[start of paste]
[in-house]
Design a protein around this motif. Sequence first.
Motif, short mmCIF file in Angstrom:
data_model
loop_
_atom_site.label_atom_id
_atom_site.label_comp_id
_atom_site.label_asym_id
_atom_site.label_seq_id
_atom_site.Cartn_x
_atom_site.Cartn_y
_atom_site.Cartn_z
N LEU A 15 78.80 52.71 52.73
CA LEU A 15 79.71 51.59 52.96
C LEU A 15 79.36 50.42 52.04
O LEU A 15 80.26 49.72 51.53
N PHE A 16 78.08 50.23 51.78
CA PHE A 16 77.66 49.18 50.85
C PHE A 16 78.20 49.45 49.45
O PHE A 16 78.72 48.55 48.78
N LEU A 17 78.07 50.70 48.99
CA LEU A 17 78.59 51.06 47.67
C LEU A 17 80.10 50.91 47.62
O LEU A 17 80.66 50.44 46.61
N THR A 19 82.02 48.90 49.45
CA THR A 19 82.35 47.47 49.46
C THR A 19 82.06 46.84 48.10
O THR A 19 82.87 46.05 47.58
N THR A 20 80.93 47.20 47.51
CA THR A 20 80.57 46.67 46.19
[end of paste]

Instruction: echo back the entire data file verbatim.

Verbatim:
[in-house]
Design a protein around this motif. Sequence first.
Motif, short mmCIF file in Angstrom:
data_model
loop_
_atom_site.label_atom_id
_atom_site.label_comp_id
_atom_site.label_asym_id
_atom_site.label_seq_id
_atom_site.Cartn_x
_atom_site.Cartn_y
_atom_site.Cartn_z
N LEU A 15 78.80 52.71 52.73
CA LEU A 15 79.71 51.59 52.96
C LEU A 15 79.36 50.42 52.04
O LEU A 15 80.26 49.72 51.53
N PHE A 16 78.08 50.23 51.78
CA PHE A 16 77.66 49.18 50.85
C PHE A 16 78.20 49.45 49.45
O PHE A 16 78.72 48.55 48.78
N LEU A 17 78.07 50.70 48.99
CA LEU A 17 78.59 51.06 47.67
C LEU A 17 80.10 50.91 47.62
O LEU A 17 80.66 50.44 46.61
N THR A 19 82.02 48.90 49.45
CA THR A 19 82.35 47.47 49.46
C THR A 19 82.06 46.84 48.10
O THR A 19 82.87 46.05 47.58
N THR A 20 80.93 47.20 47.51
CA THR A 20 80.57 46.67 46.19